Cookies are a fundamental mechanism used in advertising industry for ad personalisation and behavioural targeting, re-targeting, frequency capping and much more (see my earlier post about how cookies are used in today’s internet).
Nowadays, majority of ad technology providers that are disrupting* advertising industry are still relying on cookies to a great extent.
With recent bad publicity around cookies, new european legislation (so called Cookie law) and new default settings in various web browsers (e.g. enabled DNT headers in Internet Explorer, blocking 3rd party cookies in Firefox and Safari), it is becoming critical to start looking for alternatives and implementing them.
Recently, online advertising seems inevitably moving towards ‘viewable’ impression model. A model, in which advertiser theoretically shall pay only for advertisements that were actually displayed to a user.
In this post I am going to explore a few technical aspects of tracking viewable impressions and explain why this model may not solve problems which lie at the origin of it.
Ad invocation codes (called also placement tags or ad codes) are a bit different from web trackers covered in an earlier post. Their main task is to load a creative (an ad) into the placement on a website or in an app. Additionally they usually are responsible for cookie management, impression tracking, ad rotation, visibility tracking and other tasks.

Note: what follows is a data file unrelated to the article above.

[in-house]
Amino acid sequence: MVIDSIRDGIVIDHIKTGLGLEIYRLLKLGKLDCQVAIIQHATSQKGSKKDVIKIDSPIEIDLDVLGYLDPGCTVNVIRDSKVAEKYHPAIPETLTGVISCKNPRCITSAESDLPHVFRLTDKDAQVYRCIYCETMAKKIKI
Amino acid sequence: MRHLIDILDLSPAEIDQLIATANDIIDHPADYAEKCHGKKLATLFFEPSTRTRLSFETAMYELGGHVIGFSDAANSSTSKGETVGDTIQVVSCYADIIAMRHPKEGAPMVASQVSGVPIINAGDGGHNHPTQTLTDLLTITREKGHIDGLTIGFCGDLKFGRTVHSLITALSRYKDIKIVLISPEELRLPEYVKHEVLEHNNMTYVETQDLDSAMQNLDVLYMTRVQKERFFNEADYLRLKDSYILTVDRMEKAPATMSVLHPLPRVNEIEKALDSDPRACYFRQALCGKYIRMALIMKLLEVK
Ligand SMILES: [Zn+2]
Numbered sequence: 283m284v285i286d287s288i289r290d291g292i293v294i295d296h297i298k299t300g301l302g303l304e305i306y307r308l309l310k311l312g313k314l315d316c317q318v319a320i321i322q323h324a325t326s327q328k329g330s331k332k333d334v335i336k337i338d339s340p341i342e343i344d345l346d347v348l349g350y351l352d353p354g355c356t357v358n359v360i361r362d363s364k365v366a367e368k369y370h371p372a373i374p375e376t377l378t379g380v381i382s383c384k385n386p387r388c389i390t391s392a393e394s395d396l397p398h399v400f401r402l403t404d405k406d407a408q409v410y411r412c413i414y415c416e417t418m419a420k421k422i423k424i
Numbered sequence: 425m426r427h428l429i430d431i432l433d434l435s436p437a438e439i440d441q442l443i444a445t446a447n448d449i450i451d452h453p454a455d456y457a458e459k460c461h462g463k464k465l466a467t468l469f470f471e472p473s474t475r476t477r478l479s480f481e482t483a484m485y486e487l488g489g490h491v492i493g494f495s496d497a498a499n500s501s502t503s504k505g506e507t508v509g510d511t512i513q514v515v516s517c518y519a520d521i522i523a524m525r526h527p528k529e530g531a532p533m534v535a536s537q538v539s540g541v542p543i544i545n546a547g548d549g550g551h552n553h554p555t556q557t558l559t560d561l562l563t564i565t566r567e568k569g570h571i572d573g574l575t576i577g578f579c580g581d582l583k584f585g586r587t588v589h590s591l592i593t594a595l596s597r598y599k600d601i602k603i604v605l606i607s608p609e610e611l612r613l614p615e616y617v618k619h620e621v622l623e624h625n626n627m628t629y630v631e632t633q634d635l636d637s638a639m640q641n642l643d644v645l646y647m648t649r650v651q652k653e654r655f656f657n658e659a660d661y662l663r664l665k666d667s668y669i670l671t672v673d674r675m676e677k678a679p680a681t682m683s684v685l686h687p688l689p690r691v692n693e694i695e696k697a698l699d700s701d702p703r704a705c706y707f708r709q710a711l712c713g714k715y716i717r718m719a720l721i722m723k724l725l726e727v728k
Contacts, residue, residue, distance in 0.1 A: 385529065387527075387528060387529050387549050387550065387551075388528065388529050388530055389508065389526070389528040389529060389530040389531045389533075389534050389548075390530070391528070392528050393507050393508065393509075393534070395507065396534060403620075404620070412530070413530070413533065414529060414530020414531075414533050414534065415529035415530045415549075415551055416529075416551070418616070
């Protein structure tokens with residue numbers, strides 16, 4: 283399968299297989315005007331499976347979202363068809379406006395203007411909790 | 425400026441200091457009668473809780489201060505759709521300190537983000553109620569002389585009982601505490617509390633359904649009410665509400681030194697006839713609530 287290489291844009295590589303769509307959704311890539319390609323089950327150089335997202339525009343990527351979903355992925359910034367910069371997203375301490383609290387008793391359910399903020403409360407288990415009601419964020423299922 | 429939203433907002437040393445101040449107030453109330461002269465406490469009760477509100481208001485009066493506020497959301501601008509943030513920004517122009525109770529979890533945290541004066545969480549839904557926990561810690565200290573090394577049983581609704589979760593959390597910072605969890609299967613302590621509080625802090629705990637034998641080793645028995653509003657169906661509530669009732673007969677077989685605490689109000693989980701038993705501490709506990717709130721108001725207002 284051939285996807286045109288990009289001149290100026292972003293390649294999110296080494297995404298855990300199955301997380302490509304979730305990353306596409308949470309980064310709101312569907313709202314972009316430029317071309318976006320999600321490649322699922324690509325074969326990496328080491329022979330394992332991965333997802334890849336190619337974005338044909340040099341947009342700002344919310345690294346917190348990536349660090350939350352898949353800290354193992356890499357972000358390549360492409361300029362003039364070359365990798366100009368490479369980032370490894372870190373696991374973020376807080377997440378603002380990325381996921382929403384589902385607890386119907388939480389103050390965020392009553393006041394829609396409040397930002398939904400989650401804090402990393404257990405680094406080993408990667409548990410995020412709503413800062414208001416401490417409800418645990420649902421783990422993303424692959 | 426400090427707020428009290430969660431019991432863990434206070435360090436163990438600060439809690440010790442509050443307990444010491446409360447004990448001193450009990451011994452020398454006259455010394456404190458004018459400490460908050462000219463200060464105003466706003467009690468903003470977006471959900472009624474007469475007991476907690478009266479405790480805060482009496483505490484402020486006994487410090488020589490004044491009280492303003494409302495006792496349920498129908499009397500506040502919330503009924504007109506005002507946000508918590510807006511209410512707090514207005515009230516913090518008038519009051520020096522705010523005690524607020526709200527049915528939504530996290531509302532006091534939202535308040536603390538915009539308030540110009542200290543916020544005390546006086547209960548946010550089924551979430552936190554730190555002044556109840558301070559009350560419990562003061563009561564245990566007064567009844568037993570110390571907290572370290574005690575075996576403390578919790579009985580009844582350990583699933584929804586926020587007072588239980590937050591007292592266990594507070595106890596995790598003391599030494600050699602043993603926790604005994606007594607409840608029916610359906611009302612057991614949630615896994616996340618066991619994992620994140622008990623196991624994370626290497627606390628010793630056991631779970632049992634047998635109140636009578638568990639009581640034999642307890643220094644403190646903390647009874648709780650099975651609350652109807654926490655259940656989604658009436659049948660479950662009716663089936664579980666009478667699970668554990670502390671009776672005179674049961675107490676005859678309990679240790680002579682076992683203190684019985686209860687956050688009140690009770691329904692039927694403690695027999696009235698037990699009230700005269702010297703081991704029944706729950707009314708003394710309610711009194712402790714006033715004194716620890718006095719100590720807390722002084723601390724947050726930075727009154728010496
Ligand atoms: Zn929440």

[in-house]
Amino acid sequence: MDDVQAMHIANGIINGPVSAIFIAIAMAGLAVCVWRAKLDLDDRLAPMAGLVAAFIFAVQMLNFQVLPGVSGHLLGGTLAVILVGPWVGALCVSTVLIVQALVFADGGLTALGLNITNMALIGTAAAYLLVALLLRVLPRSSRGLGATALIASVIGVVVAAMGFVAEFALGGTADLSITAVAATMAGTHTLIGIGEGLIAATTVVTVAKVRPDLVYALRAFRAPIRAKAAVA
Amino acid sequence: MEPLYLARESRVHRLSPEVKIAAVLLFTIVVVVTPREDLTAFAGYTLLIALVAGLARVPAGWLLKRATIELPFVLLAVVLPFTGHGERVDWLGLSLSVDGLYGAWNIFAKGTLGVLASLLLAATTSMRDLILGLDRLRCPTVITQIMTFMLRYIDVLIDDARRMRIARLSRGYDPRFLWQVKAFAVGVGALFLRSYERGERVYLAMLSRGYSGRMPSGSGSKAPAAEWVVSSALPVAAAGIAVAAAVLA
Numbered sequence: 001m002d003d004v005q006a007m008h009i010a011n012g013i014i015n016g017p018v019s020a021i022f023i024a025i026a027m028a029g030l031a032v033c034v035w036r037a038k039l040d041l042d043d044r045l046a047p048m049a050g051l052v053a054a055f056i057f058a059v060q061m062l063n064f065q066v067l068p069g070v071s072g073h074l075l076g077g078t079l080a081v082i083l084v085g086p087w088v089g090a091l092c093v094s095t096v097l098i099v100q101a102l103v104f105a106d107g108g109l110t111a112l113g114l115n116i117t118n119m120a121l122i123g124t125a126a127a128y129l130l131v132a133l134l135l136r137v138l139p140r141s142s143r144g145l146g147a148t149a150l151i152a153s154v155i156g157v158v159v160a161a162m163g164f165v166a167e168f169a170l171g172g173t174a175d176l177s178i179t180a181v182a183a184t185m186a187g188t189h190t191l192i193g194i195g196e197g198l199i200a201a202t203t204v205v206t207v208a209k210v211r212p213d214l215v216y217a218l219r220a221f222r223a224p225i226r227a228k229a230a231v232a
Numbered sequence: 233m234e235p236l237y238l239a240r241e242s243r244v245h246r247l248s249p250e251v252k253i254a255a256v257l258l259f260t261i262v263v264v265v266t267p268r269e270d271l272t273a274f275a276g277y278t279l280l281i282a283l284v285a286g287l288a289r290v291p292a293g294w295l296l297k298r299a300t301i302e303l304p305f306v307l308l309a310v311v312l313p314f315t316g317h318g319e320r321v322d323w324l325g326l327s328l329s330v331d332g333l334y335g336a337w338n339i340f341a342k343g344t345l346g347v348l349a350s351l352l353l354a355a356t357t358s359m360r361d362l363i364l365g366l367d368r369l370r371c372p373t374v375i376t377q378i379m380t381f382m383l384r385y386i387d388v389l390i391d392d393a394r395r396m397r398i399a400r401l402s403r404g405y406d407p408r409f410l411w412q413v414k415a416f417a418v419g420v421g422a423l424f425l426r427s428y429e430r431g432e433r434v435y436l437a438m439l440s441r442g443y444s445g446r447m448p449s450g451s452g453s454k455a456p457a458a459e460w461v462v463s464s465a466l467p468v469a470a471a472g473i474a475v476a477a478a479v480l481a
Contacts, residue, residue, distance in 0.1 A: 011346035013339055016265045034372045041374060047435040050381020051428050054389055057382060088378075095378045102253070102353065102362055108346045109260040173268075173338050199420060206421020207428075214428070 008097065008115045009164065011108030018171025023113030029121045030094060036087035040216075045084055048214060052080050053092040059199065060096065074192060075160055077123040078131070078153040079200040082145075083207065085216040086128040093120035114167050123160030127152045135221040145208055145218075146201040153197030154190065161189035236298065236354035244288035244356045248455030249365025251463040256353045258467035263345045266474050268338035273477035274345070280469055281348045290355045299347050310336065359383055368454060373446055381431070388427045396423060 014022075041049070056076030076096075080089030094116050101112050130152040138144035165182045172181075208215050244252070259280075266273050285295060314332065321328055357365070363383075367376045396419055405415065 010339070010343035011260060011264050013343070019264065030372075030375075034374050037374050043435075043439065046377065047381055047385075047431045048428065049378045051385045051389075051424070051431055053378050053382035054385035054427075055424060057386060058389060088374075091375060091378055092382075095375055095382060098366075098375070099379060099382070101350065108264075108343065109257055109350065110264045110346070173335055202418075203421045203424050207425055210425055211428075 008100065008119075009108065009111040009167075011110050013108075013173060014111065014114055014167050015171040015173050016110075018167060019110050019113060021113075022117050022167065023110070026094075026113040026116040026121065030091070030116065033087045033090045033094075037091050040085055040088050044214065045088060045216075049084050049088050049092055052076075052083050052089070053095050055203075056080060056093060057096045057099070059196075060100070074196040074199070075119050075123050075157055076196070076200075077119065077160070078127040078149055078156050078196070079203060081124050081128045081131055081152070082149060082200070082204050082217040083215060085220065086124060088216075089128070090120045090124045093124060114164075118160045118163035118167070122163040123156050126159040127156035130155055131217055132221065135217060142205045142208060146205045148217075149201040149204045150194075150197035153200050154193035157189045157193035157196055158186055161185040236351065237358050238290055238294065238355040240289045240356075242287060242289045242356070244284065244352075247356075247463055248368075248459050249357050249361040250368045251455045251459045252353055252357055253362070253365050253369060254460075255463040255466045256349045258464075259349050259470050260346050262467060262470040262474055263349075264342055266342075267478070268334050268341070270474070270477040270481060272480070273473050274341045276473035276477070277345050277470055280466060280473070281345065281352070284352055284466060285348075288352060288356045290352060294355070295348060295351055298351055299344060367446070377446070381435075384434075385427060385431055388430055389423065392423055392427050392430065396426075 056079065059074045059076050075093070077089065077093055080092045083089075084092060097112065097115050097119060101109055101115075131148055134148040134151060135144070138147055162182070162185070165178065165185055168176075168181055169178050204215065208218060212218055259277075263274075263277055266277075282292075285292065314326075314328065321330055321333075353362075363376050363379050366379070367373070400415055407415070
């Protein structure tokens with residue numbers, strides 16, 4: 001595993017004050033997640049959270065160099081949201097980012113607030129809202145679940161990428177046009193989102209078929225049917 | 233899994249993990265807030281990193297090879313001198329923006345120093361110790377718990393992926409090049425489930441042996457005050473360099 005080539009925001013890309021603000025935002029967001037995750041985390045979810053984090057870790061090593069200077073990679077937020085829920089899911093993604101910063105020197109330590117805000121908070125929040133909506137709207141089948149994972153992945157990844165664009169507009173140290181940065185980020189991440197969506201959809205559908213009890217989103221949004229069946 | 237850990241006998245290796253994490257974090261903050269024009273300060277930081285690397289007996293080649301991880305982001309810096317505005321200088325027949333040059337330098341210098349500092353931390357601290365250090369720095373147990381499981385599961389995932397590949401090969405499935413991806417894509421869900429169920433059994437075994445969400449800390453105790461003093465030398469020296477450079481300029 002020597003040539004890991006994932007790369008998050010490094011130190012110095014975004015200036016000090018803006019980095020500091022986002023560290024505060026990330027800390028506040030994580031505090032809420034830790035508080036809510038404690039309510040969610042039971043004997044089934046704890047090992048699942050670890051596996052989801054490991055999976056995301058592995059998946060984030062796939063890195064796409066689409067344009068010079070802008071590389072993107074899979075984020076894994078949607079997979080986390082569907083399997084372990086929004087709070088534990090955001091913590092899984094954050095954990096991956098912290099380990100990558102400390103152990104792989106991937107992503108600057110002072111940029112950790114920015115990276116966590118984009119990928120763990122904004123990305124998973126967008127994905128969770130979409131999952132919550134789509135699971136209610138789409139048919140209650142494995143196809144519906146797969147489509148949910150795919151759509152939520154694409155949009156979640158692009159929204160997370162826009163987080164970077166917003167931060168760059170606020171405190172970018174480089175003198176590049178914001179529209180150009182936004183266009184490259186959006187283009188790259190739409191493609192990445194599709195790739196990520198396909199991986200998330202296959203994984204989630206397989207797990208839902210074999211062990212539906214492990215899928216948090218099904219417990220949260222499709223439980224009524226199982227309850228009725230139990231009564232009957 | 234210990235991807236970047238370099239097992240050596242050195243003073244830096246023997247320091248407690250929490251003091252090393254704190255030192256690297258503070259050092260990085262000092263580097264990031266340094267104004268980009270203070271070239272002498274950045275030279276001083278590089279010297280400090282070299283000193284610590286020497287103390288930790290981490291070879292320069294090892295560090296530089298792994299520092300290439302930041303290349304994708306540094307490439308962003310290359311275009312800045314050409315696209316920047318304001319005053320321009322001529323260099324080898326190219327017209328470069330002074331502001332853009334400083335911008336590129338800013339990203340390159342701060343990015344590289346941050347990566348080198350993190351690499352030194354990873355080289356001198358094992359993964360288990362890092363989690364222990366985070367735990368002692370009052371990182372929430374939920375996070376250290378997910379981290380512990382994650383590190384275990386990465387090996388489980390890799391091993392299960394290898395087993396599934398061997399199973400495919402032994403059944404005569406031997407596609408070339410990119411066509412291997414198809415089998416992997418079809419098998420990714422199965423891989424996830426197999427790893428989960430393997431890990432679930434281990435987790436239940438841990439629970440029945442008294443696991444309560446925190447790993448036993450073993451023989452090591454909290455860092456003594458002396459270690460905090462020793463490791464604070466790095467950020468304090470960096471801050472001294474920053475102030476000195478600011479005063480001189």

Working with clients do not always come easy. Especially in software development business. You can find on internet (and hear among colleagues) a lot of stories about horror clients or projects that failed because of disagreements.
I would like to share my experiences and thoughts about relationships with clients as well as point out a couple good practices and things important to look after.
Last week a shortlist of startups participating in The Europas (Europe’s most prestigious tech startup awards) was published. It includes 200 companies divided into 25 categories. I looked through the whole list, diving deeper into those, which do business in areas of advertising technology, analytics and big data.
What are analytics and ad tech nominees in The Europas? Are they going to be game changers? Which of them are worth looking into?
Web trackers (called also web bugs, beacons, pixels or tracking tags) are used in tracking visitor behaviour/activity on websites. In this post I explore workflow of a web analytics tracker as well as point out potential pitfalls and issues to pay attention to when designing your own tracker.
Cookies were invented in 1994 by Lou Montulli and John Giannandrea, at that time an employees of Netscape Communications. Since then cookies become an inseparable element of every ad technology.
Why cookies are so important? Where do they fit in today’s advertising ecosystem? Are they replaceable? What is the future of cookies?